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Open AccessArticle

Mutation of Respiratory Syncytial Virus G Protein’s CX3C Motif Attenuates Infection in Cotton Rats and Primary Human Airway Epithelial Cells

1
Pediatric Infectious Diseases, Emory University and Children’s Healthcare of Atlanta, Atlanta, GA 30322, USA
2
Sigmovir Biosystems, Inc. Rockville, MD 20850, USA
3
Department of Medicine, University of Rochester School of Medicine and Department of Medicine, Rochester General Hospital, Rochester, NY 14621, USA
4
Department of Neonatology, Program in Pediatric Molecular and Personalized Medicine, and Department of Microbiology and Immunology, University of Rochester School of Medicine, Rochester, NY 14642, USA
*
Author to whom correspondence should be addressed.
Vaccines 2019, 7(3), 69; https://doi.org/10.3390/vaccines7030069
Received: 28 May 2019 / Revised: 14 July 2019 / Accepted: 16 July 2019 / Published: 19 July 2019
(This article belongs to the Special Issue Vaccines for Respiratory Syncytial Virus)
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Abstract

Despite being a high priority for vaccine development, no vaccine is yet available for respiratory syncytial virus (RSV). A live virus vaccine is the primary type of vaccine being developed for young children. In this report, we describe our studies of infected cotton rats and primary human airway epithelial cells (pHAECs) using an RSV r19F with a mutation in the CX3C chemokine motif in the RSV G protein (CX4C). Through this CX3C motif, RSV binds to the corresponding chemokine receptor, CX3CR1, and this binding contributes to RSV infection of pHAECs and virus induced host responses that contribute to disease. In both the cotton rat and pHAECs, the CX4C mutation decreased virus replication and disease and/or host responses to infection. Thus, this mutation, or other mutations that block binding to CX3CR1, has the potential to improve a live attenuated RSV vaccine by attenuating both infection and disease pathogenesis. View Full-Text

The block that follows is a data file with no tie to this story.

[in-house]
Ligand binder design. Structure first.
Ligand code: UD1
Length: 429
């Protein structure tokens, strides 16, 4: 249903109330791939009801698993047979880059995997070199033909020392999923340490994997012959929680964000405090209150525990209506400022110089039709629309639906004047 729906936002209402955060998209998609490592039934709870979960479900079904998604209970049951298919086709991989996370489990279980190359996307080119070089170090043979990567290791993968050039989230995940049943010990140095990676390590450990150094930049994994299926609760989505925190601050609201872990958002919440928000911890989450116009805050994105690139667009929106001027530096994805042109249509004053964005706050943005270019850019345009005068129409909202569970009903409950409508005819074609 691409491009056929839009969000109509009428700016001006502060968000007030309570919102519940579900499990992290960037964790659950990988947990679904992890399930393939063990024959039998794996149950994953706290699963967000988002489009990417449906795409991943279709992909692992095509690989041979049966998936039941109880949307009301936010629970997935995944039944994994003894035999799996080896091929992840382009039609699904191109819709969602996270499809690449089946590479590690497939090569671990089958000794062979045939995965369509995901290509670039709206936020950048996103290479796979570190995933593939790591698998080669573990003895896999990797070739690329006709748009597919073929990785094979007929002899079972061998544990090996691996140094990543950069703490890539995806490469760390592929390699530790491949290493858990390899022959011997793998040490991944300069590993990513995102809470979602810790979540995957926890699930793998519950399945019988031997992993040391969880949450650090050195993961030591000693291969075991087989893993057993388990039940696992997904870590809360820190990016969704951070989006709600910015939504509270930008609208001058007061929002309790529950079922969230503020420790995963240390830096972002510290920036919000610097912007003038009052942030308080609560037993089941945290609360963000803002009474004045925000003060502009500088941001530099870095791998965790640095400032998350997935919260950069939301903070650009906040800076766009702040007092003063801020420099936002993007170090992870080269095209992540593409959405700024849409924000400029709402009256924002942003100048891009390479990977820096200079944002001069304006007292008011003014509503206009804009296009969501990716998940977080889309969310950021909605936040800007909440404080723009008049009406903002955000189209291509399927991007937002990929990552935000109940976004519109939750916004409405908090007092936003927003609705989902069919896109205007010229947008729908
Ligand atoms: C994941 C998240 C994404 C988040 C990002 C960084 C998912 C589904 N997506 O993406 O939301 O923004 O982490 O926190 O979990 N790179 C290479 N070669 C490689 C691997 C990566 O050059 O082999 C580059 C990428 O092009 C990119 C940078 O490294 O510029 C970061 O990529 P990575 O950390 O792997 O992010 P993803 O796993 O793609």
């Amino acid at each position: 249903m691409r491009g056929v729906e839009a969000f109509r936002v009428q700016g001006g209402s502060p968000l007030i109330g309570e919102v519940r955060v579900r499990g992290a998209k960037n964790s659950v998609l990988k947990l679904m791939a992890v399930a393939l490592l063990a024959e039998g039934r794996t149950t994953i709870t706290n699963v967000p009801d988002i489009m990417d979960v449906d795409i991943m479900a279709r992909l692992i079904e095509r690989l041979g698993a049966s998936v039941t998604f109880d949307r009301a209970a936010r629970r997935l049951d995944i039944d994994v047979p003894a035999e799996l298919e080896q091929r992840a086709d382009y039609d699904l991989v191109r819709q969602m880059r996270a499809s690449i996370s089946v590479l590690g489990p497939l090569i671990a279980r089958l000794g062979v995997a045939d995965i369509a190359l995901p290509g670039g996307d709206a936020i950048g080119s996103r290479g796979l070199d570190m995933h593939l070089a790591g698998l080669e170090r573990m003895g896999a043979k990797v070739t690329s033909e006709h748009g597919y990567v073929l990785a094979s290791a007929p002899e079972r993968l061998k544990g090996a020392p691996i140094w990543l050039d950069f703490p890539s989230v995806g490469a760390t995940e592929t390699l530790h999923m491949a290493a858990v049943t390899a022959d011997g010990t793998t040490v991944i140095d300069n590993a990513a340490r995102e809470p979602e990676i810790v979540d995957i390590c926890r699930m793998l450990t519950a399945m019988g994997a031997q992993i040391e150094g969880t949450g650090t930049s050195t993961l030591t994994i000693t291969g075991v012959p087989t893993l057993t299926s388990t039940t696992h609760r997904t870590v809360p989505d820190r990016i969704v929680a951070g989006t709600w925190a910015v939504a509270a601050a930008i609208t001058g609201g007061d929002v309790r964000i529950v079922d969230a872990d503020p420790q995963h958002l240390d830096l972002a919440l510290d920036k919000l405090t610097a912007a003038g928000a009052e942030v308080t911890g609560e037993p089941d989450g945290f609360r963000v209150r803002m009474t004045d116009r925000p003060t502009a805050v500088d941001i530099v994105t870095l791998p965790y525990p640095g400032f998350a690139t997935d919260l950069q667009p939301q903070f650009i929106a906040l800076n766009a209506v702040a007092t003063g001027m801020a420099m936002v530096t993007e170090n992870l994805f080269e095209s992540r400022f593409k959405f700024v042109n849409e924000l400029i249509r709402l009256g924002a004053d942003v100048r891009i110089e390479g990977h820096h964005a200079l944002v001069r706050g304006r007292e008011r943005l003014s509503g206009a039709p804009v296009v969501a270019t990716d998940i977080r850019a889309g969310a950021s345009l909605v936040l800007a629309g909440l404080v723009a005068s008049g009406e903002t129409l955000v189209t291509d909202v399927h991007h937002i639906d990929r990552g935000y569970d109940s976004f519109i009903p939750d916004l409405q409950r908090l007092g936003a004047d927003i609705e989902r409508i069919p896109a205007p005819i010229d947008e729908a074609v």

Keywords: respiratory syncytial virus; live RSV vaccines; RSV G protein respiratory syncytial virus; live RSV vaccines; RSV G protein
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Ha, B.; Chirkova, T.; Boukhvalova, M.S.; Sun, H.Y.; Walsh, E.E.; Anderson, C.S.; Mariani, T.J.; Anderson, L.J. Mutation of Respiratory Syncytial Virus G Protein’s CX3C Motif Attenuates Infection in Cotton Rats and Primary Human Airway Epithelial Cells. Vaccines 2019, 7, 69.

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